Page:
A Father’s Day Reflection

The first email I read this morning was from a godly, prayerful man at church. He had sent a mass email, asking “What is the best advice your father ever gave you?” My first response was to think he might feel bad if I wrote him back and said my father died when I was 10 weeks old and I never got any advice!

But I reflected a little longer. When my dad died, God met every need that my mother (who became a widow at 25 years old), my sister (who had just turned 3), and I had. We never lacked. God was faithful to us.

And the gift that I had because of this was that I always had a strong sense and understanding of God being my heavenly Father. My mother made sure we understood what the Bible said about widows and the fatherless, how He cares for them. And we experienced that. I never had to try to understand God through the lens of an earthly father. I knew God cared for me and loved me and was faithful and would take care of me. I felt a strong and direct connection to God.

So that’s what I replied to my friend’s email:

For me, the absence of my father (he died in a car wreck going to work when I was 10 weeks old) left me with a strong sense/understanding of God being my heavenly Father, so in a strange way, that was his gift to me. I always felt God’s love and care for me very much. 

And it struck me as I wrote him back. What could have created doubt or anger at God did exactly the opposite. It gave me confidence in His love.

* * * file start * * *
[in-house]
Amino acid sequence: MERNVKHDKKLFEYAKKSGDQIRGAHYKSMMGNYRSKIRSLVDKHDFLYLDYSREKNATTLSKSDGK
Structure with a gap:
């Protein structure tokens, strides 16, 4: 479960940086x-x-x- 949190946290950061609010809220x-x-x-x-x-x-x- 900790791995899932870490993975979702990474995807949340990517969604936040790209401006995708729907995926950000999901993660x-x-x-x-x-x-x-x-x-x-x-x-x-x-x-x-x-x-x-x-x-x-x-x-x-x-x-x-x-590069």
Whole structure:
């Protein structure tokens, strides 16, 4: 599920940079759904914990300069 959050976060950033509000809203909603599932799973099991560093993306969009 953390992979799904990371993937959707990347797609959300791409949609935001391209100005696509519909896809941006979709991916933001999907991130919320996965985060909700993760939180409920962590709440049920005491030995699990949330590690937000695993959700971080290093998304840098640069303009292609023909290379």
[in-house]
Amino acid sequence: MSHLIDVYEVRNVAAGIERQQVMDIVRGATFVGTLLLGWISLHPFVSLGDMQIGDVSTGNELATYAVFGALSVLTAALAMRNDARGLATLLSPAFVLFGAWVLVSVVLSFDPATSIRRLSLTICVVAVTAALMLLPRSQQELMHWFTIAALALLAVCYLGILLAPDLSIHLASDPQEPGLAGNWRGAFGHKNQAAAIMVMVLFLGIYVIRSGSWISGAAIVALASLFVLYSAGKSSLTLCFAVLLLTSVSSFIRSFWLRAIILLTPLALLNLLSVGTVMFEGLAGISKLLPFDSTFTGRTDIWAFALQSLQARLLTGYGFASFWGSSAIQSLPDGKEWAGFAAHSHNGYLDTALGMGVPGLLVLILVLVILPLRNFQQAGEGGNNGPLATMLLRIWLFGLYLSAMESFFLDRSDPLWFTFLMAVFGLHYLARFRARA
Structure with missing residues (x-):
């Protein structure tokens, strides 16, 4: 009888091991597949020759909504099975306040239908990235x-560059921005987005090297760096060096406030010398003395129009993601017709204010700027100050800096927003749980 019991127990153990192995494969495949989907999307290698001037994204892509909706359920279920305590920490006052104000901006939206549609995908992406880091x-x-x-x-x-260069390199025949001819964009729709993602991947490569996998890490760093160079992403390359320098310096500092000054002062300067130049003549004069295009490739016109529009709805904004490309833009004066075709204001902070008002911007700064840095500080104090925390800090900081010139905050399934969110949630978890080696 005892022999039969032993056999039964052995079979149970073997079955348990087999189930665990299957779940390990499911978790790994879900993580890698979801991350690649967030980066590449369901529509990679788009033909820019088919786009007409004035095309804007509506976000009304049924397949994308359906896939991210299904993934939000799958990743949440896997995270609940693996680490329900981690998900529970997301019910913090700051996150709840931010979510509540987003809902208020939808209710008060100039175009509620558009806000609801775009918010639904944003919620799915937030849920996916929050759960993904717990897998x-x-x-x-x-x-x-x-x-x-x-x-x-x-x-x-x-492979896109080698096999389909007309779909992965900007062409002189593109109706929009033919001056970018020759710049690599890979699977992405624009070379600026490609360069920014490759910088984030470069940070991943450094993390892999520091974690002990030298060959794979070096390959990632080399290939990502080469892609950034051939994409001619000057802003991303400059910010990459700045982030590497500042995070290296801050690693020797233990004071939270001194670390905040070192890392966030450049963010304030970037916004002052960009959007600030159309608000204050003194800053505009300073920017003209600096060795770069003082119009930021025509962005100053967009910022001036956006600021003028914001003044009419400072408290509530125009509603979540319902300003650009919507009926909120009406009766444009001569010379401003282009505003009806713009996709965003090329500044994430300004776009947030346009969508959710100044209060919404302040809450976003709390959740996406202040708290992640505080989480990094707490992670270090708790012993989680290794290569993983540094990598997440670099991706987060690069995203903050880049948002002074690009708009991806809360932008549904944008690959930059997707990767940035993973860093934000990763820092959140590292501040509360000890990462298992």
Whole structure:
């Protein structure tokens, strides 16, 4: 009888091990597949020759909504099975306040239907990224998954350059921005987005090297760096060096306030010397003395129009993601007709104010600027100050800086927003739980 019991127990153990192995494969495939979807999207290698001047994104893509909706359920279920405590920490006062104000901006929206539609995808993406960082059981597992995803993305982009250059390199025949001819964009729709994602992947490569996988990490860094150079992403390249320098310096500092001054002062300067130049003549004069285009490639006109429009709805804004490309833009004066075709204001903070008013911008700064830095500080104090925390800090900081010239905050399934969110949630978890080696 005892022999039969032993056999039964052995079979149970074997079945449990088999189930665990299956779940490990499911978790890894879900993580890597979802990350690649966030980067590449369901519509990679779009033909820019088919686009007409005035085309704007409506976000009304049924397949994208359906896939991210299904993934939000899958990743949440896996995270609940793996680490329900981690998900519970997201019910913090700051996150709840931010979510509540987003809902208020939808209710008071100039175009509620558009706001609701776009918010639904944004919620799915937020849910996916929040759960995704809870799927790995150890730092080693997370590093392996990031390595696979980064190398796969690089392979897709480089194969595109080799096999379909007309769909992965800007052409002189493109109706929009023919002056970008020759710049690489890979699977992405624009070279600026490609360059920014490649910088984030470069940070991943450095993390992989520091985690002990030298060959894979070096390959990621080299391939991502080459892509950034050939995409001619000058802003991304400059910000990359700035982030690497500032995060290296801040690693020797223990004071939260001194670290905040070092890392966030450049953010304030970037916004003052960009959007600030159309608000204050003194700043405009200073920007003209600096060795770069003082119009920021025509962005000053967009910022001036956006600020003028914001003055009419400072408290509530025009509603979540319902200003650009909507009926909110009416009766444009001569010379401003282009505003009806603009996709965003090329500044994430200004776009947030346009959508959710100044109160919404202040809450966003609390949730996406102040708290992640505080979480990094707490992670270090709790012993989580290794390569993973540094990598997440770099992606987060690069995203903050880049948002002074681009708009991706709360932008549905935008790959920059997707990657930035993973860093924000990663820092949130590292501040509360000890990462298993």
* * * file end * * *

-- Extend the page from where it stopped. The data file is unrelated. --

Don’t misunderstand, I’m sure my mom wrestled with questions as she started to raise two little girls without her husband! Confusion, pain, grief. And I recognized once I had children and watched my husband with them that I had missed something and understood perhaps for the first time that my father had loved me like that. Yet God can handle our heartbreak and our sorrow and our questions. We bring those to Him.

Over time, in continuing to seek God, to trust Him, things begin to emerge. Faith continues to grow. We see things we otherwise would not have known and others can’t understand. God gives compensating mercies (as my mother talks about) that we could never have expected in the moment. My mother’s testimony–through the loss of two husbands–has always been the faithfulness of God, how good He has been to her.

That short email exchange today reminded me there is beauty from ashes, glories from devastations. It may take time to see, but we will stand in awe of all God does in the midst of our broken and painful world. Jesus has won the victory, defeating sin and death, conquering the grave, and giving us eternal hope.

On this Father’s Day, I remember and give thanks for my earthly father; for my step-father (who came when I was 14 and went to Jesus 12 years ago); for my father-in-law who faithfully follows and serves Christ; for my uncles (my father’s brother and brother-in-law) who always stood in the gap; for my friends’ fathers who showed me love; for godly men from our church growing up who remembered the widow and reached out to us; for a dear older man my mother worked for who included us in so many things (he told me when I got older and thanked him, “I knew you didn’t have a father”); for my husband who represents all these things to my children; for my mom who acted as a mom and a dad and raised me to understand these truths and pointed me to Jesus; and most of all to God for being my perfect heavenly Father. What gifts, what grace, what mercy, what kindnesses! On a day meant to remember one, I get remember many who have blessed and impacted my life! Thank you, Father. You’ve been so good to me!